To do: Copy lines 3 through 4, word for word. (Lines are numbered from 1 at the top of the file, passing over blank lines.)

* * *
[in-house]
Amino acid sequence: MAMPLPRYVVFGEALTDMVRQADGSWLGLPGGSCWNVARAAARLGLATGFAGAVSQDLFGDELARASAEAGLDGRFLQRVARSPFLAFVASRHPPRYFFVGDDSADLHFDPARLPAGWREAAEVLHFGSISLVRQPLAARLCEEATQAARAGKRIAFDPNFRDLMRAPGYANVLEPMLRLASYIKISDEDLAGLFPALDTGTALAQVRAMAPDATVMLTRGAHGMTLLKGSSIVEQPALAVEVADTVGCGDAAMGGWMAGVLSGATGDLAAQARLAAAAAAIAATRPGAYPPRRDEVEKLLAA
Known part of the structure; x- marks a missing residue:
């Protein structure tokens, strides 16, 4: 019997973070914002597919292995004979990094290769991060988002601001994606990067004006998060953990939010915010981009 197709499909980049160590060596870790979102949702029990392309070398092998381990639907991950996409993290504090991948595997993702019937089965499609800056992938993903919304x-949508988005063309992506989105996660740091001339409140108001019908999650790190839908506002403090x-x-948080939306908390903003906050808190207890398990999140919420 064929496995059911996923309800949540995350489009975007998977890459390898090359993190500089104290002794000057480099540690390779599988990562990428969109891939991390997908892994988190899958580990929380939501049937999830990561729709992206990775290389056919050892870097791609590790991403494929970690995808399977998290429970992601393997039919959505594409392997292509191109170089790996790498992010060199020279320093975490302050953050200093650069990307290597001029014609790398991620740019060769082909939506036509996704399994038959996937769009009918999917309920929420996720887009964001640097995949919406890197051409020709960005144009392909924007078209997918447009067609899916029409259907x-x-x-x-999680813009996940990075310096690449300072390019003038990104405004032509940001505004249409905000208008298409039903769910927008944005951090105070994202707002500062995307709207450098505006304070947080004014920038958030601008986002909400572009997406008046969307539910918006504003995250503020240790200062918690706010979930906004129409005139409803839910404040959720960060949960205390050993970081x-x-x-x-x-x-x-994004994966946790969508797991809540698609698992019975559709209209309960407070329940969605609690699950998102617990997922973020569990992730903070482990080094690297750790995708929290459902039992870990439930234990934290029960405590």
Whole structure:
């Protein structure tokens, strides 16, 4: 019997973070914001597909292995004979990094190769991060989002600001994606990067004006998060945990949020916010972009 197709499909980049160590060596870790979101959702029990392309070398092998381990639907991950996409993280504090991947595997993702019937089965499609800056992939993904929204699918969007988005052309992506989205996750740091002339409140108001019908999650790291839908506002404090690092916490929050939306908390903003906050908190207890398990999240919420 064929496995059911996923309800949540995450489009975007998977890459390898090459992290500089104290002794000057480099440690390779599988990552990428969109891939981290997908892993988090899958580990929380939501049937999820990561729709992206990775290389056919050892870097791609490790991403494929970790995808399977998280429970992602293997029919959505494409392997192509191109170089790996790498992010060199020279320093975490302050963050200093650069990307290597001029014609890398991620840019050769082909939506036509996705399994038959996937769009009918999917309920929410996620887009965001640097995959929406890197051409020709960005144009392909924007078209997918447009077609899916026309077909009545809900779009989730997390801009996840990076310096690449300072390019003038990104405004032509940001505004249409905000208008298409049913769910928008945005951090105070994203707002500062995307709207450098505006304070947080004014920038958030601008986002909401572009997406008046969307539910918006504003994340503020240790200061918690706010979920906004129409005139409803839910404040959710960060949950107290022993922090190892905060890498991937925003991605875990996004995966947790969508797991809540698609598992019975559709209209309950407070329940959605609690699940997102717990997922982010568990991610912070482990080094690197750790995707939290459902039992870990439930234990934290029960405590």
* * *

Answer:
Known part of the structure; x- marks a missing residue:
């Protein structure tokens, strides 16, 4: 019997973070914002597919292995004979990094290769991060988002601001994606990067004006998060953990939010915010981009 197709499909980049160590060596870790979102949702029990392309070398092998381990639907991950996409993290504090991948595997993702019937089965499609800056992938993903919304x-949508988005063309992506989105996660740091001339409140108001019908999650790190839908506002403090x-x-948080939306908390903003906050808190207890398990999140919420 064929496995059911996923309800949540995350489009975007998977890459390898090359993190500089104290002794000057480099540690390779599988990562990428969109891939991390997908892994988190899958580990929380939501049937999830990561729709992206990775290389056919050892870097791609590790991403494929970690995808399977998290429970992601393997039919959505594409392997292509191109170089790996790498992010060199020279320093975490302050953050200093650069990307290597001029014609790398991620740019060769082909939506036509996704399994038959996937769009009918999917309920929420996720887009964001640097995949919406890197051409020709960005144009392909924007078209997918447009067609899916029409259907x-x-x-x-999680813009996940990075310096690449300072390019003038990104405004032509940001505004249409905000208008298409039903769910927008944005951090105070994202707002500062995307709207450098505006304070947080004014920038958030601008986002909400572009997406008046969307539910918006504003995250503020240790200062918690706010979930906004129409005139409803839910404040959720960060949960205390050993970081x-x-x-x-x-x-x-994004994966946790969508797991809540698609698992019975559709209209309960407070329940969605609690699950998102617990997922973020569990992730903070482990080094690297750790995708929290459902039992870990439930234990934290029960405590």